Uku Randmaa crossed the finish line in Les Sables-d’Olonne at 9 a.m. UTC yesterday in the Golden Globe Race. Thousands of spectators lined the river entrance to welcome the 56-year-old Estonian solo circumnavigator and his boat.
Waiting for him at the dock were his wife Maibi and young twins Thor and Orm, who were born shortly before his departure. Race winner Jean-Luc Van Den Heede was one of the first to shake his hand, followed by second-place Dutchman Mark Slats, and two who were rescued in mid-ocean, Loïc Lepage and Susie Goodall.
After almost 252 days at sea, all he had left to eat was three packets of powdered soup, and he grabbed the pizza offered to him with both hands. Thanking God, Uku poured some champagne in the water, then sprinkled some on his boat, the Rustler 36 One and All. He saved the biggest portion for his Hydrovane self-steering — before passing the bubbly around to his fellow GGR skippers.
“I think I must have lost at least 20 kg,” he said. (That’s 44 pounds.) “By Hobart, I knew I was going to run short of food so I divided up what I had left by two — and then I divided it by two more. I had two meals a day; a freeze-dried dish and a cup of soup, but it has been very good for my health. If I did physical work, I got tired early, but it was not a major problem.” He had tried to catch fish to supplement his diet, but went a week or more with no success.
The hardest part of the voyage was lack of wind. “I was stuck in the St. Helena high-pressure system for more than a week. My biggest worry was keeping the boat in one piece. I was worried that if something broke I might not be able to finish the race.”
Randmaa commented on the amount of trash in the oceans. “The biggest pollution — mainly plastic — was after rounding the Cape of Good Hope. There were streams of it in the ocean. I came across a door and, on another occasion, a complete tree. If I had hit that, I think my steering would have broken.”
He enjoyed the Southern Ocean the most. “The waves, the loneliness. The waves were amazing. I watched them for hours, and every one was different.”
Barnacles were a continuous problem. “At Hobart, someone said ‘I have good and bad news for you, Uku. The good news is that you could cut 10 days off your voyage time. The bad news is that you have to clean the bottom yourself!’ It was quite scary to see your boat from outside. The waters were ’round 6°C. I wore my survival suit, but it was very buoyant, so I had to put lines under the keel and pull myself down to scrape the hull.”
The Estonian was in third place by the Hobart film stop and maintained this position to the finish, despite a 72-hour penalty he received on January 20 for private routing information gained from a Ham radio operator. “This was my biggest dream in life,” he added, “and I am very, very happy to have realized it. And for that, I have to thank my wife.”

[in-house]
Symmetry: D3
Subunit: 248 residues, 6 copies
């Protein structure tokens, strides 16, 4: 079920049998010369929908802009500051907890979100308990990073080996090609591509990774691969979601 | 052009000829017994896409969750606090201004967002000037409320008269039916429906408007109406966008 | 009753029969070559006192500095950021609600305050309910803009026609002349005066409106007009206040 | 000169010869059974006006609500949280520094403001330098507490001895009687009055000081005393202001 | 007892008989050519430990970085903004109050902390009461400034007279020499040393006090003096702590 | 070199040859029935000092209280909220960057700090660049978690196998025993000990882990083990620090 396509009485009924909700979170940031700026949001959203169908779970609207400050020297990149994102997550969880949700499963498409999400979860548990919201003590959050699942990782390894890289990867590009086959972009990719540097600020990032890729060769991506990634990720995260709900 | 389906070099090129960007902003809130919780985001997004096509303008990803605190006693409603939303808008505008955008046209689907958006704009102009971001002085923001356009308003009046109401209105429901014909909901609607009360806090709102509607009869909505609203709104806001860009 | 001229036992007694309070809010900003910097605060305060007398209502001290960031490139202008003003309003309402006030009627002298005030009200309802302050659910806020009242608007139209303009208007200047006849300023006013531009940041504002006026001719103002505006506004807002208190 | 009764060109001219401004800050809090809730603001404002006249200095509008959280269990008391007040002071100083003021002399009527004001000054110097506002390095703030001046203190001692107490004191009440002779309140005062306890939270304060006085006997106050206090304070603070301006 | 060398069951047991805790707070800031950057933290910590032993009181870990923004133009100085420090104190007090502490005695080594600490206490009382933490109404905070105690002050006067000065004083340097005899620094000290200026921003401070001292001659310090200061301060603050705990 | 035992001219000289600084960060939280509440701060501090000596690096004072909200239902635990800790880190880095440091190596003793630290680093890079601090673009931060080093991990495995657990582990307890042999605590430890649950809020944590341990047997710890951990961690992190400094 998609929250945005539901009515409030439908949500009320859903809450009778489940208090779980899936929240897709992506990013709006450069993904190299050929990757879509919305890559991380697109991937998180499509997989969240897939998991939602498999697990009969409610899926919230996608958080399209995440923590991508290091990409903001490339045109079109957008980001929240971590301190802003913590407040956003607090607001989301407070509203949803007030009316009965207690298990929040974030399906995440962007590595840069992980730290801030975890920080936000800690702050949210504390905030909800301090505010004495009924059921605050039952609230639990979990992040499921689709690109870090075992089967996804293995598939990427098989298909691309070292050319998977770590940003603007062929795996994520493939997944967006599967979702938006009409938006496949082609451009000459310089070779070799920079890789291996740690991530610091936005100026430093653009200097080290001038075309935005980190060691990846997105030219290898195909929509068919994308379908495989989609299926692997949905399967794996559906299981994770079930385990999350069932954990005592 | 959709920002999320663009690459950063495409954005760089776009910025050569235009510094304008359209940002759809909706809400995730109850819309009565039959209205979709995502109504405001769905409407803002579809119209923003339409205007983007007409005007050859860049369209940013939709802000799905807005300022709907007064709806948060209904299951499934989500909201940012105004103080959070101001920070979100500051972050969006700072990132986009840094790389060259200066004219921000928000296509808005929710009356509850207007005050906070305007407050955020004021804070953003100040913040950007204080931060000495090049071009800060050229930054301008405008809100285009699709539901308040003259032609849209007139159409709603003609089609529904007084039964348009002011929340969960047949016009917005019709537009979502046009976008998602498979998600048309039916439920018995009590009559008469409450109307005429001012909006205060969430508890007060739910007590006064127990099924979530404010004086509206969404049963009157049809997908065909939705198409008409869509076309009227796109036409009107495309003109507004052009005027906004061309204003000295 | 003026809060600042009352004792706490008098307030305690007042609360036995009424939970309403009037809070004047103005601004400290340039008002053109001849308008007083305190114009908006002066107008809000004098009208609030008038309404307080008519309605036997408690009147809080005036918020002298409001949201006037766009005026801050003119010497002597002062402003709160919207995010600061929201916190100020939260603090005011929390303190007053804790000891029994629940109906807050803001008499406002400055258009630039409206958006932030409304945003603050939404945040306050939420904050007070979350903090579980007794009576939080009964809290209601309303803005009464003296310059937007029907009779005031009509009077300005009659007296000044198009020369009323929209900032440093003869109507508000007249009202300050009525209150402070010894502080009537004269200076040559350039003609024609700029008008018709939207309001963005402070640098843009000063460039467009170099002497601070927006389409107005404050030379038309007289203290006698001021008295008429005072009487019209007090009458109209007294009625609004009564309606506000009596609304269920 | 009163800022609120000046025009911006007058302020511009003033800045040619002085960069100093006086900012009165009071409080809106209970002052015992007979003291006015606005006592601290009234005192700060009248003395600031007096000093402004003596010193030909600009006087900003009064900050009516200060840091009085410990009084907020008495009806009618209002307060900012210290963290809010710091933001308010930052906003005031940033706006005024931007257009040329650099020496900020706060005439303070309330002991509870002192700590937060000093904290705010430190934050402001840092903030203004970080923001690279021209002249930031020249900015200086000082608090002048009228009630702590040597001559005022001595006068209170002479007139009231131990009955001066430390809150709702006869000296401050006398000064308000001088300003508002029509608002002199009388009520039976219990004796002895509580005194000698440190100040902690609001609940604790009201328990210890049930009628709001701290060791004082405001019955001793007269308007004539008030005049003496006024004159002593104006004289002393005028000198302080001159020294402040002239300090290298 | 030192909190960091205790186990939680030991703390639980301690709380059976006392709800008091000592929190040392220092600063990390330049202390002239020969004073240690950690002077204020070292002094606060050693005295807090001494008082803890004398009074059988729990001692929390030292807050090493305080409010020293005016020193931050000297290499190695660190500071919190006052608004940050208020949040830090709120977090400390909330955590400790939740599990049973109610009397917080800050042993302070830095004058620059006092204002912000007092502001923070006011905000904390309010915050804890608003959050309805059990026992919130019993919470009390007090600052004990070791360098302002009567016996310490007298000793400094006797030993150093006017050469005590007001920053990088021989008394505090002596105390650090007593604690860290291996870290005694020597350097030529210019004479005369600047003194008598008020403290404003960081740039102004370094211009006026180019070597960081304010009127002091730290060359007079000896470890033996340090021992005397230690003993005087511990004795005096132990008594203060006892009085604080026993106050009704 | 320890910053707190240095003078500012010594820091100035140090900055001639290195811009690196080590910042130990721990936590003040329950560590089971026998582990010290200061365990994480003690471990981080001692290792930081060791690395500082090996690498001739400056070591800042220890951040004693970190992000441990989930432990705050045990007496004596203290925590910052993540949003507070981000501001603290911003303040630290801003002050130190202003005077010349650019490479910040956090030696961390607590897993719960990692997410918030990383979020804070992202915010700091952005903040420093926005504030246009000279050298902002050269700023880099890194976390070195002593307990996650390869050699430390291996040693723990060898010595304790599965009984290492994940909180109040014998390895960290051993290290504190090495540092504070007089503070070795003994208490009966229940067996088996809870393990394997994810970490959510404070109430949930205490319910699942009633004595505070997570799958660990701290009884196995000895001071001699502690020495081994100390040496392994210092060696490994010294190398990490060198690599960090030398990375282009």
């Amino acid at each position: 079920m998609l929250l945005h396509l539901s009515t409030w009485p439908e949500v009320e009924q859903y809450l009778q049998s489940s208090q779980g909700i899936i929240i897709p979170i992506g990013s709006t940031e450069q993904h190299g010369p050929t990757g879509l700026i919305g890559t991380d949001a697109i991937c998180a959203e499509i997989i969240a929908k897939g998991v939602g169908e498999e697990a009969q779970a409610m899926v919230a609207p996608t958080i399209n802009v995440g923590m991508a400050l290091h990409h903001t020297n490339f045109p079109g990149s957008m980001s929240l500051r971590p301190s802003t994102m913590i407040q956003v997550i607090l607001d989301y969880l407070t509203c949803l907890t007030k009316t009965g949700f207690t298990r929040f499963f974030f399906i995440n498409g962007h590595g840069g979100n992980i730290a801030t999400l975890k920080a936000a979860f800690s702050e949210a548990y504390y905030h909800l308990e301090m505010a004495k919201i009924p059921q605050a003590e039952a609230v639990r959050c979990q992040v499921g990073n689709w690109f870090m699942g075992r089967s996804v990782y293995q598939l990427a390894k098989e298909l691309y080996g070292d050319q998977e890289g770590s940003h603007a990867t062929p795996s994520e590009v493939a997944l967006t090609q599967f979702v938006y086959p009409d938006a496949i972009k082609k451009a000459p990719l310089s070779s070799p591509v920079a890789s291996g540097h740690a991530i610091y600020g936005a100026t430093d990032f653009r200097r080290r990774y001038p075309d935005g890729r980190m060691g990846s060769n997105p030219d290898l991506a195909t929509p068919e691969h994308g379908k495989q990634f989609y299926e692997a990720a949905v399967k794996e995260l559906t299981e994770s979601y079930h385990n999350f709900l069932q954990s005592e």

Fourth-place Hungarian-American sailor Istvan Kopar should reach Les Sables on March 18 or 19.
At the end of February, the Bay Area’s Alan Olson won the 2018 Leadership Award from Tall Ships America. The award is bestowed “to a member of Tall Ships America who has made a significant contribution to sail training through the demonstration of leadership at executive or senior levels,” Tall Ships America said, “and whose impact has been felt by the sail training community at large, beyond that of their own organization.”
Surely, there could be no better description of Alan Olson, whose unrelenting vision and leadership has given birth to the Matthew Turner.
The award was given to Olson at the 46th Annual Conference on Sail Training anf Tall Ships in San Pedro “As usual, Alan was very humble about it,” wrote John “Woody” Skoriak. “As you can see in the photo [below], someone made a beautiful little model of the Matthew Turner, out of glass and brass (like stained-glass art). Alan said he had no idea that was in the works — he was very surprised.”
We think that the Matthew Turner — and the work done by Call of the Sea — is the most exciting thing happening in the Bay Area. You might be wondering, when is she finally going to sail? We don’t have an exact answer on that, but here is a hot little rumor.
“We hope that Matthew Turner will be able to at least sail around the course at the Master Mariners, but just to ’round the buoys’ as it were, not as a race participant,” Skoriak told us. “We also plan to have MT sail to Mexico next winter for sure.”